- The Financial Industry Regulatory Authority (FINRA) fined Bank of America’s securities unit $5 million Monday for failing to report over-the-counter options positions more than 7.4 million times between 2009 and 2020, the self-regulatory organization said.
- Bank of America’s supervisory system, between 2014 and 2020, “was not reasonably designed to comply with its [Large Options Positions Reporting system] reporting obligations,” FINRA said, adding the bank didn’t have an “effective system to detect whether there were positions that should have been reported to the LOPR but were not.”
- Bank of America did not admit to the charges and said that it has enhanced its platform to include data quality checks that ensure it’s meeting reporting obligations.
Bank of America’s failure to report the more than 7.4 million options positions made it harder for FINRA to surveil markets for potentially manipulative behavior, the organization said.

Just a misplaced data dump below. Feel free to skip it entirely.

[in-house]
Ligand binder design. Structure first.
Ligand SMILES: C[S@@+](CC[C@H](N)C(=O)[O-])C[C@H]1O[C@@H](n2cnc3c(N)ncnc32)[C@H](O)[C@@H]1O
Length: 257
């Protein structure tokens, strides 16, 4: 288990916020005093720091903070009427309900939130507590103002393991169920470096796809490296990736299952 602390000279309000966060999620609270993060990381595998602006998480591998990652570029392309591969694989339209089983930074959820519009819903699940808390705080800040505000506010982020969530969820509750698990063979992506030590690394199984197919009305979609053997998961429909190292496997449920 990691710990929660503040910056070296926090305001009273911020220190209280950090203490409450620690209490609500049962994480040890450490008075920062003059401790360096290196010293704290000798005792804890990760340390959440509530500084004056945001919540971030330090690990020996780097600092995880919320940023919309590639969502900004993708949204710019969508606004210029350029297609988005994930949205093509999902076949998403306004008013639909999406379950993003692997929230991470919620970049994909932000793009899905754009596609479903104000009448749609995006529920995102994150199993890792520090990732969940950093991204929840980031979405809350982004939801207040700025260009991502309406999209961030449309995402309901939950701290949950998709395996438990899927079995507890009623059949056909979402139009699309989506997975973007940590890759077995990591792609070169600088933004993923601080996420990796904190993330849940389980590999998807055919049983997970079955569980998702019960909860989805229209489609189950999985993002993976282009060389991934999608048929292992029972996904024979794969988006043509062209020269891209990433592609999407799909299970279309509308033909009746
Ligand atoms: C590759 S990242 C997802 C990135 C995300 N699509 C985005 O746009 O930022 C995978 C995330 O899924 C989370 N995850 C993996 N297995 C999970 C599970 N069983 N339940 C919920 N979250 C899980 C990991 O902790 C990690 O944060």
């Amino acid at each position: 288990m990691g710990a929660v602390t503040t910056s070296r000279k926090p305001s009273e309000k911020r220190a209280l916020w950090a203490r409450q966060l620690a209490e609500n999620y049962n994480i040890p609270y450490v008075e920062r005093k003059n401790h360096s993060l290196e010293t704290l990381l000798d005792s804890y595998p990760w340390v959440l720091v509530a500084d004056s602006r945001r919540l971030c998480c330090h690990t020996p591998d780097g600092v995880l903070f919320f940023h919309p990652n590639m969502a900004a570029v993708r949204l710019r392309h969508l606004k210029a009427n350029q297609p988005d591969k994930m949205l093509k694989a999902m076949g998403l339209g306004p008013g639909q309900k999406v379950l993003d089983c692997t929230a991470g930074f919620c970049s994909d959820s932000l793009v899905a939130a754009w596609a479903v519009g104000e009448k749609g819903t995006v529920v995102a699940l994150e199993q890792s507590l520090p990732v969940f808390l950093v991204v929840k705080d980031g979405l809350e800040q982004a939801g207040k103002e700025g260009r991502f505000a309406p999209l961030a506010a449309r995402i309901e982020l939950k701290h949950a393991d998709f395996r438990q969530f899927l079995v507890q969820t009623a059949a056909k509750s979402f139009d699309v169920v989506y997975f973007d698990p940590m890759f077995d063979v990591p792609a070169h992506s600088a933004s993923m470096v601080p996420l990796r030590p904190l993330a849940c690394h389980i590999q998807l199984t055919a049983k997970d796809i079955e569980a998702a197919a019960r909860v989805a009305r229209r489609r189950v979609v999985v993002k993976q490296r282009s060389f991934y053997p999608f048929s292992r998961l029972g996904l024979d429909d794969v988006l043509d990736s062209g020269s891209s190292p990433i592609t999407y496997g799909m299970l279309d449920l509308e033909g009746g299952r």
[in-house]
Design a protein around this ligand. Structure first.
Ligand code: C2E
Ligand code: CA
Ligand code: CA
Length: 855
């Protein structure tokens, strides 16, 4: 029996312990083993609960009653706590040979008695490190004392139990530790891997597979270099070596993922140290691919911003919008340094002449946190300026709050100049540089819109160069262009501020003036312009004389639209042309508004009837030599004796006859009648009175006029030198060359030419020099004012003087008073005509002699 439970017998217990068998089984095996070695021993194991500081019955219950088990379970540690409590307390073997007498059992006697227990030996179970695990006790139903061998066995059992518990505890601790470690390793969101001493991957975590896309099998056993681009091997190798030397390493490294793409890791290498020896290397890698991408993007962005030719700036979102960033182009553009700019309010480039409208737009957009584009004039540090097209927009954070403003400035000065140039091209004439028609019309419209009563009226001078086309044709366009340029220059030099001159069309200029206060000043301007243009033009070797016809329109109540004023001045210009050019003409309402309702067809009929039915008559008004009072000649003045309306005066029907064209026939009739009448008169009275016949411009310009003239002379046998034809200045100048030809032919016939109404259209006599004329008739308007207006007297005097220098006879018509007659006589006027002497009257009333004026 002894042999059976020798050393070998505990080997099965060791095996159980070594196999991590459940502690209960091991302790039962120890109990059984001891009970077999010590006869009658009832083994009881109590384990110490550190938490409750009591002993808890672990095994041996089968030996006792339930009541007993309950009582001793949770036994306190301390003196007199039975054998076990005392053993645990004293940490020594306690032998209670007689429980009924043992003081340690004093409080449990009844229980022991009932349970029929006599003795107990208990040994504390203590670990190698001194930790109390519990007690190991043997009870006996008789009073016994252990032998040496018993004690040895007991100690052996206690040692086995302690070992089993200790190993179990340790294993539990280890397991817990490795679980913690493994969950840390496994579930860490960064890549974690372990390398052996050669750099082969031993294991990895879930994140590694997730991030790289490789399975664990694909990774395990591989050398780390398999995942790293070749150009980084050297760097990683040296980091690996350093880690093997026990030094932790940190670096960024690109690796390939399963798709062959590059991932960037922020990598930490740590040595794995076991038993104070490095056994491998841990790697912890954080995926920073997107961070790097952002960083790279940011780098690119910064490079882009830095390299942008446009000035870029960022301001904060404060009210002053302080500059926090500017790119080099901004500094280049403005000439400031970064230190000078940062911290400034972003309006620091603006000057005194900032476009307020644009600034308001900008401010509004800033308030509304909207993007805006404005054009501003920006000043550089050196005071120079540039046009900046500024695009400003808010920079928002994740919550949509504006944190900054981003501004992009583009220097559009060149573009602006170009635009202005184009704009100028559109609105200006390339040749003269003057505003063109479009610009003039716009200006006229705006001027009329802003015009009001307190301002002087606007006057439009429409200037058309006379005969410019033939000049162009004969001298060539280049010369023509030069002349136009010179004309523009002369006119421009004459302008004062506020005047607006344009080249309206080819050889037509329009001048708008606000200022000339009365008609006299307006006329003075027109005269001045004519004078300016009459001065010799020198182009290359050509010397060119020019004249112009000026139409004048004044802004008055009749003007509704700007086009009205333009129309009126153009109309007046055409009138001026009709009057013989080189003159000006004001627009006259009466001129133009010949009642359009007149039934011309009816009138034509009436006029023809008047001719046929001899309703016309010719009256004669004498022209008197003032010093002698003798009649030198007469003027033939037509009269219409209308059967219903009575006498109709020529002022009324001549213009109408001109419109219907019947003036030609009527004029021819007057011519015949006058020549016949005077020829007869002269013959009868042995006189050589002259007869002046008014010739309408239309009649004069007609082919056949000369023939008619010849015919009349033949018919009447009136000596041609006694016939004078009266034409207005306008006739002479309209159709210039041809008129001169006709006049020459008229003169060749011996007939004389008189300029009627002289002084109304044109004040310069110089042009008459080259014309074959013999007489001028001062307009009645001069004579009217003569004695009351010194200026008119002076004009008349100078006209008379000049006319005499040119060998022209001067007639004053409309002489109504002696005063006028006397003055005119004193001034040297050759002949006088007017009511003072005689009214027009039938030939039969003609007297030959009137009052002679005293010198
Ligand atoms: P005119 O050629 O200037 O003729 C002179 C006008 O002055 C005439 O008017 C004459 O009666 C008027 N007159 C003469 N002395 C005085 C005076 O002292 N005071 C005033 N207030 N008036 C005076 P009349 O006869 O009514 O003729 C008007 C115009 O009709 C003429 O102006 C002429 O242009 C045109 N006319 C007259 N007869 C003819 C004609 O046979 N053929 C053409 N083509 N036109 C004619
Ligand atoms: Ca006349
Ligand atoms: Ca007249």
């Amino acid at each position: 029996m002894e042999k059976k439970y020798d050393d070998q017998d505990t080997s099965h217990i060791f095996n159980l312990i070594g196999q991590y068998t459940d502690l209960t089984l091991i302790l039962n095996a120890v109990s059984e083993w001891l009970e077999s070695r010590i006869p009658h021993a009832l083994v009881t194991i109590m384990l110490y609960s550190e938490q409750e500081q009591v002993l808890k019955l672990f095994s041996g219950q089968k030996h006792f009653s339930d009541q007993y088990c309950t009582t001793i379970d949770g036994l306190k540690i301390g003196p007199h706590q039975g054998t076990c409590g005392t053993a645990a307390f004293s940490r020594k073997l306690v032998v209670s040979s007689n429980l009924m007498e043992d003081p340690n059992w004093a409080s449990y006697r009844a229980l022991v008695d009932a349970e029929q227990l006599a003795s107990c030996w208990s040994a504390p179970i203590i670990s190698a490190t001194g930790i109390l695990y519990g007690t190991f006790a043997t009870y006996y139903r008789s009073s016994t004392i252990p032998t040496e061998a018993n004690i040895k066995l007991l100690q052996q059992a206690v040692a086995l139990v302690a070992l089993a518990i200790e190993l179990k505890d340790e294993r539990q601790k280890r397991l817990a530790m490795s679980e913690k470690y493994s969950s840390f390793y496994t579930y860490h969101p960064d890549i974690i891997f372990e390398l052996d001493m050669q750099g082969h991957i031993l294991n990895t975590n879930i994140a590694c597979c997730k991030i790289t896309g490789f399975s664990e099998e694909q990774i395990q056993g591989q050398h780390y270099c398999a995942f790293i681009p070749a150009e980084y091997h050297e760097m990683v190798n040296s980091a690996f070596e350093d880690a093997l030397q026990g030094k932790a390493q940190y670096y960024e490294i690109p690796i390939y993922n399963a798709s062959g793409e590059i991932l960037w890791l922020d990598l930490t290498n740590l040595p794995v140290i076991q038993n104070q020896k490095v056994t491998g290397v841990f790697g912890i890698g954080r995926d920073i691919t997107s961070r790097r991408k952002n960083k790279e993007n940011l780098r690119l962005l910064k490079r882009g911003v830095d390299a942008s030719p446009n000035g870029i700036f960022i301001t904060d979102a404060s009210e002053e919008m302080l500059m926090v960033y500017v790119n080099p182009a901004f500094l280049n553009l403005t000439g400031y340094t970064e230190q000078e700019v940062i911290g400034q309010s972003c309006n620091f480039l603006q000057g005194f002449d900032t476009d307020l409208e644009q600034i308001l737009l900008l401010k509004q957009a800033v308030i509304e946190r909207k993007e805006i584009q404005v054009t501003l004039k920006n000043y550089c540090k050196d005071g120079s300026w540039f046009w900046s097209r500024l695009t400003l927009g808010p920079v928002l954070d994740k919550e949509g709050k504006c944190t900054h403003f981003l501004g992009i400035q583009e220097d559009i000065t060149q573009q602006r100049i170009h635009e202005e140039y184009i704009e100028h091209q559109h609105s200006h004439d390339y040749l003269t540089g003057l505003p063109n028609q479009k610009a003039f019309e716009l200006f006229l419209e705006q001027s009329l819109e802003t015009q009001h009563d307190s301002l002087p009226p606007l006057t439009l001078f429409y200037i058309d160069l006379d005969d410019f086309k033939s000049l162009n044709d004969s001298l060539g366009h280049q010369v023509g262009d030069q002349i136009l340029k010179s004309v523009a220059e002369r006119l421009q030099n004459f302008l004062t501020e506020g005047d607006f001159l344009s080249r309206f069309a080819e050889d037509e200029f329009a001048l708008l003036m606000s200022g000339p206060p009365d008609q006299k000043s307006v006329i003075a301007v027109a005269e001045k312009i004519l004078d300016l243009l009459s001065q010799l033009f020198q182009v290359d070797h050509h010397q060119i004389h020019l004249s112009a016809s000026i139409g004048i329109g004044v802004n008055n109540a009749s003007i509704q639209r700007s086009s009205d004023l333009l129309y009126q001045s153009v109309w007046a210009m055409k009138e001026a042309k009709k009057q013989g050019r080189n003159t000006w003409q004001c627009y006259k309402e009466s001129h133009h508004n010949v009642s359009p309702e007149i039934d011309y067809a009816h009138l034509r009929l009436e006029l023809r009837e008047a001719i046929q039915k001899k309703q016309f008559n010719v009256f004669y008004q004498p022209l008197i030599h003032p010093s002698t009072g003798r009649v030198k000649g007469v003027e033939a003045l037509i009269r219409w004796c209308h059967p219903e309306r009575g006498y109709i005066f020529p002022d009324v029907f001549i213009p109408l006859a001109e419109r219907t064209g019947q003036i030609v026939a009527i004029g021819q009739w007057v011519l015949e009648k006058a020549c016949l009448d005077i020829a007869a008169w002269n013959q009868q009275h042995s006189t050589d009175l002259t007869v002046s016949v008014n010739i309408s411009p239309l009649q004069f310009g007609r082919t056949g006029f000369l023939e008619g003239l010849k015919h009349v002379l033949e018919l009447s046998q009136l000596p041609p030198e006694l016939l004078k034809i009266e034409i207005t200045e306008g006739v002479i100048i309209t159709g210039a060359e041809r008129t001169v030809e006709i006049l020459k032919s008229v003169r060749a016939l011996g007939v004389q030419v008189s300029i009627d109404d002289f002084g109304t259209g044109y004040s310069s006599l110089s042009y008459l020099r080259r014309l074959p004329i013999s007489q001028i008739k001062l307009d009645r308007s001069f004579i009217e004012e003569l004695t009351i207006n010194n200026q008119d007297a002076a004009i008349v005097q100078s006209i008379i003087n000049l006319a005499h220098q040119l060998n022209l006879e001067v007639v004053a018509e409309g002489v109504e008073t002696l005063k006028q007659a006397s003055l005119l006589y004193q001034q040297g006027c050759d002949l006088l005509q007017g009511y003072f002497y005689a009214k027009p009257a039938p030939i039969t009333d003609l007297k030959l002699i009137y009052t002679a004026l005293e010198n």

In particular, 26 of Bank of America’s unreported positions were also over the applicable OTC position limit of either 25,000 or 50,000 contracts.
The accuracy of LOPR is “essential to FINRA’s surveillance” because regulators don’t have an independent source to review over-the-counter options activity, the organization said.
“FINRA relies on accurate reporting of transactions in order to maintain the integrity of the markets,” said Jessica Hopper, executive vice president and head of FINRA’s Department of Enforcement. Bank of America’s “failure to report millions of OTC options positions prevented FINRA from carrying out that core function for transactions that carry substantial risks.”
Bank of America’s failure to report the options positions stemmed from an “undetected system issue in the reporting process,” a bank spokesperson said.
The bank’s securities unit agreed to a censure and must certify by Oct. 31 that it has “established, maintains and enforces supervisory procedures” that comply with certain FINRA rules.
This was not the first time Bank of America found itself in hot water with FINRA this year. The organization fined the bank $325,000 in July for publishing 107 inaccurate monthly reports of order execution.